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Rank Reg/Ser No DOB Enlisted Discharge/Death Board
Pte 6318 27y4m 16 Nov 1916 24 Dec 1918 4

Private Horace Eastwood  (1889 - 1952)


Early life

Horace Eastwood was born in Brisbane on 13 February 1889, the only son of Thomas, a carpenter, and Emily Eastwood née Spice.  He had an older sister Gertrude1 and younger sisters Margaret, Violet and Winifred. The family home was situated in Manchester Terrace in the Brisbane suburb of Taringa.  (Horace's father, Thomas Eastwood, is also listed on the Honour Boards and while it seems he served during the Boer War in South Africa, no record can be found of him serving in WW1.)

Young men were encouraged to serve in cadet activities and citizen defence forces and Horace spent two years in a Queensland Rifles unit and two years in the Oxley Regiment. He learnt his father’s trade and became a builder.

Enlistment and service

On 6 November 1916 when Horace Eastwood was 27 years and 4 months old, he enlisted in Brisbane to serve in the Australian Imperial Force (AIF).  He was a single man, only 5 feet 5 inches (165 cm) tall and weighing 124 lbs (56.2 kg).  He gave his mother’s name as next-of-kin and his religious denomination as Church of England.  Private Eastwood, regimental number 6318, was appointed to the 25th Infantry Battalion to train at Rifle Range, Enoggera Camp.

Reinforcements were needed urgently in Europe so Horace Eastwood left Australia before the end of the year. He embarked on board HMAT Demosthenes from Sydney on 22 December and arrived at Plymouth, England on 3 March 1917.  After training at Rollestone on Salisbury Plain in Southern England, he arrived at the Australian Divisional Base Depot at Havre in June and joined his battalion on 3 July 1917 for active service in the wet and muddy conditions in France.

After the 25th had acted in a supporting role at the second battle of Bullecourt, it carried out a major offensive role from 20 September when it was part of the 2nd Division’s first wave at the battle of Menin Road in Belgium.

Wounded in action

Victory here was followed by the capture of Broodseinde Ridge on 4 October, the day Horace Eastwood was wounded in action.  Suffering a gunshot wound to his right arm he was transferred to field ambulance station, hospital, clearing station and rest camp before rejoining his battalion on 31 March the following year.  The 25th by then was fighting to turn back the German spring offensive in France when Private Eastwood was wounded on a second occasion.  Gunshot wounding on 17 April 1918 on his left leg was so serious he was transferred to Guildford General Hospital in England then Dartford and Weymouth before the decision was made for his early return to Australia as injury had been caused to the external popliteal nerve. He was discharged on Christmas Eve 1918.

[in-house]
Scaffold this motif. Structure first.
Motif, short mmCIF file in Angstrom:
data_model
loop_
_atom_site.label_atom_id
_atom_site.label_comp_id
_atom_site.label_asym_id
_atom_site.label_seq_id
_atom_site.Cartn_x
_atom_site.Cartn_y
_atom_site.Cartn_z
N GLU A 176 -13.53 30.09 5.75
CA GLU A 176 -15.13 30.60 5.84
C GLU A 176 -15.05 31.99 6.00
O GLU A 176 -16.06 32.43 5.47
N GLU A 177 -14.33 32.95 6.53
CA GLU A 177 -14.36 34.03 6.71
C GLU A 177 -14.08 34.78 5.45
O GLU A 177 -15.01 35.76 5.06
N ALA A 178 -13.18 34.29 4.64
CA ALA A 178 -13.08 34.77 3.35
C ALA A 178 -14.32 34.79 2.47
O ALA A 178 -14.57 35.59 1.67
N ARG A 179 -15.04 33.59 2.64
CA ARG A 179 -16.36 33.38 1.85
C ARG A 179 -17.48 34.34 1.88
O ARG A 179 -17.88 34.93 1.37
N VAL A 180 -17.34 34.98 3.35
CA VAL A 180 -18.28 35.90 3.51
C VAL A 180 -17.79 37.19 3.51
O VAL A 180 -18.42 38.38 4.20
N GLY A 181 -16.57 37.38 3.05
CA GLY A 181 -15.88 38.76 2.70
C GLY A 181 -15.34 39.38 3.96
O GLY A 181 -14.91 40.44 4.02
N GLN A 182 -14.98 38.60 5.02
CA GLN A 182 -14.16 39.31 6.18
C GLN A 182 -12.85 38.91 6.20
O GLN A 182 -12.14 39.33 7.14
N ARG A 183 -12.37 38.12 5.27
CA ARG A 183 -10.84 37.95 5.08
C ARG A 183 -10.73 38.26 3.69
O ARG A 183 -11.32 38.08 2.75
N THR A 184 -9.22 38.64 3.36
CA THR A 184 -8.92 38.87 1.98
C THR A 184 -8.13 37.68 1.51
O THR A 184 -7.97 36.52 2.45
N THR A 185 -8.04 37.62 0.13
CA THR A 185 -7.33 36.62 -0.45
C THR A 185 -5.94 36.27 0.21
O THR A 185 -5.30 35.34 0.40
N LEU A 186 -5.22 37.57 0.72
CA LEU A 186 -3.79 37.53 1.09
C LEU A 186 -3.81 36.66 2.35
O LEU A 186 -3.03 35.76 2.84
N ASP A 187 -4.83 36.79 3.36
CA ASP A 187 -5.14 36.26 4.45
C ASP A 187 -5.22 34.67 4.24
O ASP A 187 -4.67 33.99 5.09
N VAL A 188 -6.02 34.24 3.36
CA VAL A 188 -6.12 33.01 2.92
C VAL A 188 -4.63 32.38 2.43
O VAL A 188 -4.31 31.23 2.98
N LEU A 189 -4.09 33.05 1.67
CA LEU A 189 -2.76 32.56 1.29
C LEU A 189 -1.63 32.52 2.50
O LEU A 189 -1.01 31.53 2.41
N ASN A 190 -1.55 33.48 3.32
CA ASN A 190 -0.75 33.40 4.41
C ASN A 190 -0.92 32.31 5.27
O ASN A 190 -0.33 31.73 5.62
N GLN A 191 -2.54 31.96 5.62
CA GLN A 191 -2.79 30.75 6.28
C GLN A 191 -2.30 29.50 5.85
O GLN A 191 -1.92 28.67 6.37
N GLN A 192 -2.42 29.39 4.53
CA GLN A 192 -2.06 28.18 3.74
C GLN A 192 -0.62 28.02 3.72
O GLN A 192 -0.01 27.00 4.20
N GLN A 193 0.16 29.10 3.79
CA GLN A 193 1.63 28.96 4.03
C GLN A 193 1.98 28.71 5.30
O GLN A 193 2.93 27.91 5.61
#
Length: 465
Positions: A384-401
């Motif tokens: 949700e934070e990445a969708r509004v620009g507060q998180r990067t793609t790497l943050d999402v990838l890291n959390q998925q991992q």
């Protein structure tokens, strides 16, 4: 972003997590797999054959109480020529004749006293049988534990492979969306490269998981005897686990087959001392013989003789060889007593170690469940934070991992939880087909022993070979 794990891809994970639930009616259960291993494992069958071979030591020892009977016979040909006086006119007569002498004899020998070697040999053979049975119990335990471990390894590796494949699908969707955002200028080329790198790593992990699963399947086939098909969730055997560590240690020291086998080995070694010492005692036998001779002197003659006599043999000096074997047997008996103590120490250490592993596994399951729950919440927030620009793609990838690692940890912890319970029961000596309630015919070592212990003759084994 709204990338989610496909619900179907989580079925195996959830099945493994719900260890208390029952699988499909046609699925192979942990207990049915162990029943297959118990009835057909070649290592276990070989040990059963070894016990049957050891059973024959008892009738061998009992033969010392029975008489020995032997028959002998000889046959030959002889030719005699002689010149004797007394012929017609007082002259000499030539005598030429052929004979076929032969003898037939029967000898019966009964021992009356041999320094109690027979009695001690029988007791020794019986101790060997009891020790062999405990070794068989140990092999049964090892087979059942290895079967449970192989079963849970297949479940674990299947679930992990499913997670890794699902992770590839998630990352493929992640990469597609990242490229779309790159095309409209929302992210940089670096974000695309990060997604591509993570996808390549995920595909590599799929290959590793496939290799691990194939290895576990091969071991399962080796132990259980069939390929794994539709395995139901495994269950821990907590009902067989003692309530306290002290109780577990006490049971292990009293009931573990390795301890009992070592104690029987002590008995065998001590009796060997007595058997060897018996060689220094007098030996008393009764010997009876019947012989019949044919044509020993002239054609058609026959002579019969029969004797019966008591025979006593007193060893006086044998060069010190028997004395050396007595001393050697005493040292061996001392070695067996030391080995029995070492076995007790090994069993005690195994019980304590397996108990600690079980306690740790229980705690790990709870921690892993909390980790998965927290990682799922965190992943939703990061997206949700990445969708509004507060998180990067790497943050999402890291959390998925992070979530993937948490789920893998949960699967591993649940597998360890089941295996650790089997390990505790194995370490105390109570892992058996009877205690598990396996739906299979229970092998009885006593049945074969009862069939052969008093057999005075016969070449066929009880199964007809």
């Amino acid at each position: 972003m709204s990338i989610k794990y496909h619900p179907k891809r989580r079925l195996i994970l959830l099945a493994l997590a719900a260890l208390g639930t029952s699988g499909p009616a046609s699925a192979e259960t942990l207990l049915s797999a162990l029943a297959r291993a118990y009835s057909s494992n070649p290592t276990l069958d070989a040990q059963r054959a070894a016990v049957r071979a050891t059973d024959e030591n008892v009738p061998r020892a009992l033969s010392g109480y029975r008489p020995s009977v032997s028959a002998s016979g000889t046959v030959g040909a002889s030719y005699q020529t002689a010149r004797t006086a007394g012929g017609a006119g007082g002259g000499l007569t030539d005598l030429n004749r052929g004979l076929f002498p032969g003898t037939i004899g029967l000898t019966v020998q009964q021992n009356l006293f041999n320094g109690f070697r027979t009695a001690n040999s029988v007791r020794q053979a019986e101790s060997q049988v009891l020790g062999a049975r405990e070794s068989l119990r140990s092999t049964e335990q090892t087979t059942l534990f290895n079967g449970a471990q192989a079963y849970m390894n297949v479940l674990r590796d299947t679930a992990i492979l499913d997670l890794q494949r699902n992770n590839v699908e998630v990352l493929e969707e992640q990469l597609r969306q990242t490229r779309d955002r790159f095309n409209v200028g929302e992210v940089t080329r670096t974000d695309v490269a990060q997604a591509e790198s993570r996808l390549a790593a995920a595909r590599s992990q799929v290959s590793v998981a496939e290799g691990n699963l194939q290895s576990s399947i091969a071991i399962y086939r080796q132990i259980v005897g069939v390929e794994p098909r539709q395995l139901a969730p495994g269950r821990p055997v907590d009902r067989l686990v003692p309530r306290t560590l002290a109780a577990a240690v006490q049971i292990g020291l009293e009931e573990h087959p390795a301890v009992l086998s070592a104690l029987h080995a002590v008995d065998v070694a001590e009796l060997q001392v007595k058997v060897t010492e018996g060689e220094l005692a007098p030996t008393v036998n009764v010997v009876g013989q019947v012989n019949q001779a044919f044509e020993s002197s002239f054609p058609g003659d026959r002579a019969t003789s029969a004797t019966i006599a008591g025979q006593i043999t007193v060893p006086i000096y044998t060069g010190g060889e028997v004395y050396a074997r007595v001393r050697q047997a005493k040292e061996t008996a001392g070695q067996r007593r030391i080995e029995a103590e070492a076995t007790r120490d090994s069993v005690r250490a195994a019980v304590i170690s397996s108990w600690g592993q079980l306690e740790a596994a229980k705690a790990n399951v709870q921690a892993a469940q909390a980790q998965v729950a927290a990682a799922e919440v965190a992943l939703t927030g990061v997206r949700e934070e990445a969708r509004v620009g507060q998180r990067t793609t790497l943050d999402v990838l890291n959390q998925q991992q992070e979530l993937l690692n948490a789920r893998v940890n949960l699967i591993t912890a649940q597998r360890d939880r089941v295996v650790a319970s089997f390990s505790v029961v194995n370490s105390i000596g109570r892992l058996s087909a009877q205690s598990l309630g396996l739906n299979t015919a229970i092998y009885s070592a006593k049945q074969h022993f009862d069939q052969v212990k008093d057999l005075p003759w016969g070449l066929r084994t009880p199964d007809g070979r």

Marriage at Saint Andrew's

On 27 August 1919 at Saint Andrew’s Presbyterian Church, Creek Street, Brisbane, Horace Eastwood married Rubena Elizabeth Probert, only daughter of Mr and Mrs E. J. Probert of Bundaberg.  Prior to her marriage, Rubena Probert, a tailoress, lived at Lang Street, Fairfield in Brisbane.

Move to South Africa

The couple moved to Natal, South Africa.  Their children born there were Irene, Dorothy and Michael Thomas.  A record was found of Mrs Rubena Eastwood’s voyage with her son Master Michael T. Eastwood on the ship Themistocles from Capetown to Brisbane, perhaps for a short holiday.  According to a passenger list of arrivals at Fremantle on 23 August 1937, Mrs Eastwood planned to stay with Mrs H. Westaway of Hillside, Meridan Plains, Landsborough, Queensland.


Horace Eastwood died at Durban, KwaZulu-Natal on 23 August 1952.  Widowed for twenty years, Mrs Rubena Eastwood died on 10 March 1972, also at Durban.


1. Gertrude Eastwood, Horace's sister, married Lieutenant W. A. Latham who is also listed on the Honour Boards.

• National Archives of Australia, military records, World War 1
• Australian War Memorial, AIF unit histories
• Ancestry on line
• Australian Electoral Rolls
• Queensland Register of Births, Deaths and Marriages
The Brisbane Courier, 6 September 1919, page 4
• - accessed 6 Apr 2021.

Prepared by Noel E Adsett, Brisbane.  21 June 2016  ©



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